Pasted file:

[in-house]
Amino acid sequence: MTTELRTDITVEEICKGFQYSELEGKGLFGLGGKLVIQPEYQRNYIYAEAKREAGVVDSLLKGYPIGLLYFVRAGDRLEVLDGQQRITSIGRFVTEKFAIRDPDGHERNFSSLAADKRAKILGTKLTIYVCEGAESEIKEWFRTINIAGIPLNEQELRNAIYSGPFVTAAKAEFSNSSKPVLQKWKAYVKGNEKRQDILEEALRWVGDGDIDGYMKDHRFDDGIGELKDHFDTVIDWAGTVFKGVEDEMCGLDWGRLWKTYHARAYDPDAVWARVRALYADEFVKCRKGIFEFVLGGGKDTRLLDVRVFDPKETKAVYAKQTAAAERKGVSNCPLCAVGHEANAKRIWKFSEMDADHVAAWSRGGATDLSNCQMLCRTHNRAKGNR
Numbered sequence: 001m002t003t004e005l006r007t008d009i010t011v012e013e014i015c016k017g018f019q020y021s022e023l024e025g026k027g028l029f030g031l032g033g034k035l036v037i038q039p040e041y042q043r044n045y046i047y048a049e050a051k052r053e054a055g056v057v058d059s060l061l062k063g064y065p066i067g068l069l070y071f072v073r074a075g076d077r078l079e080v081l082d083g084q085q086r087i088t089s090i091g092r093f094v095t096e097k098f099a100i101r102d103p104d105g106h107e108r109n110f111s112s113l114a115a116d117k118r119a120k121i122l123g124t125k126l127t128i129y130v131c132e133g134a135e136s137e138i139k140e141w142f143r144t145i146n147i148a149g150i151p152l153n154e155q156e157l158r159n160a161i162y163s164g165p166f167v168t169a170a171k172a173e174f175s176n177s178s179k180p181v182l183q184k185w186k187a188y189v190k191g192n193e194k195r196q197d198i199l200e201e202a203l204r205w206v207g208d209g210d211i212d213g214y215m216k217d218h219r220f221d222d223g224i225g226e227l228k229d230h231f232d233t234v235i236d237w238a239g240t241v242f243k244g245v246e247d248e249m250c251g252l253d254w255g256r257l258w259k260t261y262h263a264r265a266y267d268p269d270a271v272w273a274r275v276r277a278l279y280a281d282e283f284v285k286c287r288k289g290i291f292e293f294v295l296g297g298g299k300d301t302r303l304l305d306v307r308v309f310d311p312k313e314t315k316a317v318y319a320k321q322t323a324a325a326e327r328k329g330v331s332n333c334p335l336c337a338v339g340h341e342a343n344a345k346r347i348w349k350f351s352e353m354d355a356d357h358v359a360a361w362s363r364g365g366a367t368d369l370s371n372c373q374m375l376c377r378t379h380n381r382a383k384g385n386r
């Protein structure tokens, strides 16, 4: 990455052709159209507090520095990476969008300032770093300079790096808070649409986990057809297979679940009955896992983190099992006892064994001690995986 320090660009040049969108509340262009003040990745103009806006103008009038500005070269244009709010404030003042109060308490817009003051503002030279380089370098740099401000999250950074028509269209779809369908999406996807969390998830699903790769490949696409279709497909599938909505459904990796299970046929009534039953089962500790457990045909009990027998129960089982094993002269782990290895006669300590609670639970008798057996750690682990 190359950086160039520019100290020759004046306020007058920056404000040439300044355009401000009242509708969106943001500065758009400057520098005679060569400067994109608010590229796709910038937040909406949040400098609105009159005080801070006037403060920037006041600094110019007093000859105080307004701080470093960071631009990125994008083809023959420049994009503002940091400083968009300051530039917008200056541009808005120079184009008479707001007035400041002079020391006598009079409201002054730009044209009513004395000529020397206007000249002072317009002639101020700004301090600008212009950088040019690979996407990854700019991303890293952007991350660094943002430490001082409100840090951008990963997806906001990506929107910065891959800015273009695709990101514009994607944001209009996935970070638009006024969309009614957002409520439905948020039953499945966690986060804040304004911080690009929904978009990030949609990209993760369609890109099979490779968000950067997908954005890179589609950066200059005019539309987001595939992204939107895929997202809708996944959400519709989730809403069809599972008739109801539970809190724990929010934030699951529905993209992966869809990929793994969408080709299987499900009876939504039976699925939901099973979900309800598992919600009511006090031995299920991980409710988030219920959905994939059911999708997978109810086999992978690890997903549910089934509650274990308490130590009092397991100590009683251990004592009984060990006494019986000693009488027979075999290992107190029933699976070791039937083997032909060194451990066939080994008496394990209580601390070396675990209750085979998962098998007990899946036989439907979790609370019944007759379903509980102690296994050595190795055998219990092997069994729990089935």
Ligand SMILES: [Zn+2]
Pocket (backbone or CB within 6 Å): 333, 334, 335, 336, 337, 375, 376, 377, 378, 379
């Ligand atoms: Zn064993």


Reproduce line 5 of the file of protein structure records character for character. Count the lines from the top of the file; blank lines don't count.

Ligand SMILES: [Zn+2]